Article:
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Laffey, Mark and Nadarajah, Suthaharan (2012) 'The Hybridity of Liberal Peace: States, Diasporas and Insecurity.' Security Dialogue, 43 (5). pp. 402-419.

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Much contemporary analysis of world order rests on and reproduces a dualistic account of the international system, which is divided into liberal and non-liberal spaces, practices and subjectivities. Drawing on postcolonial thought, we challenge such dualisms in two ways. First, we argue that, as a specific form of governmental reason and practice produced at the intersection of the European and the non-European worlds, liberalism has always been hybrid, encompassing within its project both ‘liberal’ and ‘non-liberal’ spaces and practices. Second, through analysis of liberal engagement with diasporas, a specific set of subjects that occupy both these spaces, we show how contemporary practices of transnational security governance work to reproduce the hybridity of liberal peace. The article demonstrates the shifting conditions for local agency in relations and practices that transcend the simple dualism between liberal and non-liberal spaces, in the process showing how practices of transnational security governance also reproduce diasporas as hybrid subjects. The argument is illustrated with reference to the Tamil diaspora and the Sri Lankan state’s war against the Liberation Tigers of Tamil Eelam.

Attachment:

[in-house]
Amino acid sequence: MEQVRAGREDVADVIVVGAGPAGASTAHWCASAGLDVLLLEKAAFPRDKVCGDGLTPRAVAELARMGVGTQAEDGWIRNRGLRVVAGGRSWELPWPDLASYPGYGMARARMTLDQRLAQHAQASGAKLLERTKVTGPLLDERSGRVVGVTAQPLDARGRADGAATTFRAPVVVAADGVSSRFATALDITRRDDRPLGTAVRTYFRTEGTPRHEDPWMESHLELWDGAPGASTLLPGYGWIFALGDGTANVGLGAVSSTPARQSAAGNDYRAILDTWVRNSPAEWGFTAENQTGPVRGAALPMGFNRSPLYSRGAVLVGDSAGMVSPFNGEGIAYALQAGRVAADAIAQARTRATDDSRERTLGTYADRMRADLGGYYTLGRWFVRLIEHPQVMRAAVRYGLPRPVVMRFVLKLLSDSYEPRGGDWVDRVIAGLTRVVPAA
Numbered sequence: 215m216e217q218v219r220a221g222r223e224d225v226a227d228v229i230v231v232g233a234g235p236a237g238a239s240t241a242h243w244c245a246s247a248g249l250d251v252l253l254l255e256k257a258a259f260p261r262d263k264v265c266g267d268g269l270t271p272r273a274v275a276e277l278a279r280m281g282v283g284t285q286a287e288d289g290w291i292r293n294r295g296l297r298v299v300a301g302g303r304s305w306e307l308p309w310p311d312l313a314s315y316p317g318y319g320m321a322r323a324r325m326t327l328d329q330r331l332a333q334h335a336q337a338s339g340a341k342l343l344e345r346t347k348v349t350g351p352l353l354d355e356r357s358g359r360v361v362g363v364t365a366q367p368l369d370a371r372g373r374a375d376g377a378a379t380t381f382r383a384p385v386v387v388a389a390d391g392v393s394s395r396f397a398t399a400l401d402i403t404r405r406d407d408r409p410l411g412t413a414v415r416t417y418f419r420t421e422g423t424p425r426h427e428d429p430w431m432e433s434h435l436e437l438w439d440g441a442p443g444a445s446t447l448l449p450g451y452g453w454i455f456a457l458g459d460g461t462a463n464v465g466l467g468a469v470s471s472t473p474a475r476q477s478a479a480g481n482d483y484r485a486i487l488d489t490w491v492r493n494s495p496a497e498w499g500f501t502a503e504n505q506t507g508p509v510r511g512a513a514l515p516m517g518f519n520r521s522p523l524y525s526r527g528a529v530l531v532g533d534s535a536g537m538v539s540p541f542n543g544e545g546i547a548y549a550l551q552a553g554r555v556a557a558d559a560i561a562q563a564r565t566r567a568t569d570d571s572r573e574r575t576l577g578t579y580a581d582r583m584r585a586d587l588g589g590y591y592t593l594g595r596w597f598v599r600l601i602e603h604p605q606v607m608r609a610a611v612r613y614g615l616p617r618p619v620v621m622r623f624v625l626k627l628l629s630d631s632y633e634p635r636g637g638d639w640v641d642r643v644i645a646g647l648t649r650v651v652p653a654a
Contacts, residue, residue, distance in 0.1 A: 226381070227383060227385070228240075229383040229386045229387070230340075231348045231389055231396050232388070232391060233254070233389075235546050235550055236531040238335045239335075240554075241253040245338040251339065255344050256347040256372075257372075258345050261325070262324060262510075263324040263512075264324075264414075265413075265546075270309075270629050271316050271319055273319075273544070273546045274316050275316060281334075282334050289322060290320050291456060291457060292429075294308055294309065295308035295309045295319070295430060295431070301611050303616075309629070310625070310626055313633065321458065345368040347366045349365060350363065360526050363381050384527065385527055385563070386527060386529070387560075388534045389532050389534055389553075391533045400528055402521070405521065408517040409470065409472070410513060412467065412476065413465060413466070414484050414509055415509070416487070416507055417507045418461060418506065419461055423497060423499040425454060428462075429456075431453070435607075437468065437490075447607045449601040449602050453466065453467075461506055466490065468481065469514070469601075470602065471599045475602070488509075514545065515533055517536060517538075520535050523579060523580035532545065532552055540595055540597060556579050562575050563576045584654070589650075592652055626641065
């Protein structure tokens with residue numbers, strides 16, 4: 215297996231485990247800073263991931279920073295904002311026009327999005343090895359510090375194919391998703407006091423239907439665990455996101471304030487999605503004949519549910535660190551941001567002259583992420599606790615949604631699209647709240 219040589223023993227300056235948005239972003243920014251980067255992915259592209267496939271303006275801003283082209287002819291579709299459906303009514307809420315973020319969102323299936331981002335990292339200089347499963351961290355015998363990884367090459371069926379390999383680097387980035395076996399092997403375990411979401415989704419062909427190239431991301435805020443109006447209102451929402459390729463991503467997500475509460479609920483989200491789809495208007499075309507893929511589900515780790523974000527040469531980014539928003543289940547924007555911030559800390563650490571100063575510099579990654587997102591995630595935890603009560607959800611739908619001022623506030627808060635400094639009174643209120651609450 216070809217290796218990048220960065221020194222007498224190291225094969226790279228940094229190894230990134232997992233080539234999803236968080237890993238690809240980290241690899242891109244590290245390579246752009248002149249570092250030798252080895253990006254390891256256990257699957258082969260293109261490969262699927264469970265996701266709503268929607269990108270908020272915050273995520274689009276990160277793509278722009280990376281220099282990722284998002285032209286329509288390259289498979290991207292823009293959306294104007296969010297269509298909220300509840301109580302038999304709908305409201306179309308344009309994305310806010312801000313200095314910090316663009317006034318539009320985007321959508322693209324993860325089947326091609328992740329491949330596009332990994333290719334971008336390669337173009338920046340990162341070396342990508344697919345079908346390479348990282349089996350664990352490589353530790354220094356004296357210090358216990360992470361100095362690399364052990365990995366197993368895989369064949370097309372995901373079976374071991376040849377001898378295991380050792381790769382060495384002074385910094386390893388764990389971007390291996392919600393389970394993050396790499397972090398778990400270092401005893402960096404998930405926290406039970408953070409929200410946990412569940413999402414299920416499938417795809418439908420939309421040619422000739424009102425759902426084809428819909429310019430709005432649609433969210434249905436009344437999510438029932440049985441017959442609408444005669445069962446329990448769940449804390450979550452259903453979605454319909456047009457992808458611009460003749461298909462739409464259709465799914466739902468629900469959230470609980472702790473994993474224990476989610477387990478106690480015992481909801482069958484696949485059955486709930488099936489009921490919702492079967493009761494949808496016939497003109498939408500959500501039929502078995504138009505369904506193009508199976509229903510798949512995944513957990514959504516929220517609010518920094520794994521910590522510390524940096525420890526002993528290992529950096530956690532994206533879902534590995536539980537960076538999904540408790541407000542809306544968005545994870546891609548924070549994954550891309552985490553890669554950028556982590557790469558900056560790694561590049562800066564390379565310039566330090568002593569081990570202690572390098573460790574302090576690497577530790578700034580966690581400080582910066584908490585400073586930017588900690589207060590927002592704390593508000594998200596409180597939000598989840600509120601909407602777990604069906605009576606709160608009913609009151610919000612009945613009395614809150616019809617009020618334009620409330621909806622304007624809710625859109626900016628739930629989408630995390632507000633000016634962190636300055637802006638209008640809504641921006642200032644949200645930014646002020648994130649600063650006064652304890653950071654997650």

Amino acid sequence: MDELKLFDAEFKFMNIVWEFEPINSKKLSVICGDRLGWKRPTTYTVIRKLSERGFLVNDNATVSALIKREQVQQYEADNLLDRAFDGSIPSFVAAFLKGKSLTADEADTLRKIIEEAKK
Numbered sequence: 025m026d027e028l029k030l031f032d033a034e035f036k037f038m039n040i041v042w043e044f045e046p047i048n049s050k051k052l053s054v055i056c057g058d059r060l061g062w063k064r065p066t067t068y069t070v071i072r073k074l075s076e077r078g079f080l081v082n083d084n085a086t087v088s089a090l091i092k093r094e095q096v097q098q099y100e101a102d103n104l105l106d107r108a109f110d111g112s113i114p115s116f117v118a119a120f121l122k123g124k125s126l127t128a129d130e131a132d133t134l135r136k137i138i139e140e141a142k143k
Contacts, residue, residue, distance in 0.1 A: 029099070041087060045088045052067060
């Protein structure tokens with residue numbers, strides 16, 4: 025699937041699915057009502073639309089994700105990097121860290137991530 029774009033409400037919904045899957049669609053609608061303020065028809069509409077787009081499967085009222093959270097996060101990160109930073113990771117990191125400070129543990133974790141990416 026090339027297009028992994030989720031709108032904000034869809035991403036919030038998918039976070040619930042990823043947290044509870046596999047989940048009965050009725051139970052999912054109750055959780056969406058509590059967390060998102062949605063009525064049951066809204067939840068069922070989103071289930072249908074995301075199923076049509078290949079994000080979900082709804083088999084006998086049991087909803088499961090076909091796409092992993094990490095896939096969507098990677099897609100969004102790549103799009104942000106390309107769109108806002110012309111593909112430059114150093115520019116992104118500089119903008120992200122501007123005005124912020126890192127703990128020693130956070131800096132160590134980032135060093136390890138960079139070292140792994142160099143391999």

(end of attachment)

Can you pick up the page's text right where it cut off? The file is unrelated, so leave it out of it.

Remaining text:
Item Type: Journal Article
Keywords: liberalism, diaspora, hybridity, Sri Lanka, postcolonial
SOAS Departments & Centres: Departments and Subunits > Interdisciplinary Studies > Centre for International Studies & Diplomacy
Legacy Departments > Faculty of Law and Social Sciences > Department of Politics and International Studies
ISSN: 09670106
DOI (Digital Object Identifier):
Date Deposited: 18 Sep 2013 14:37

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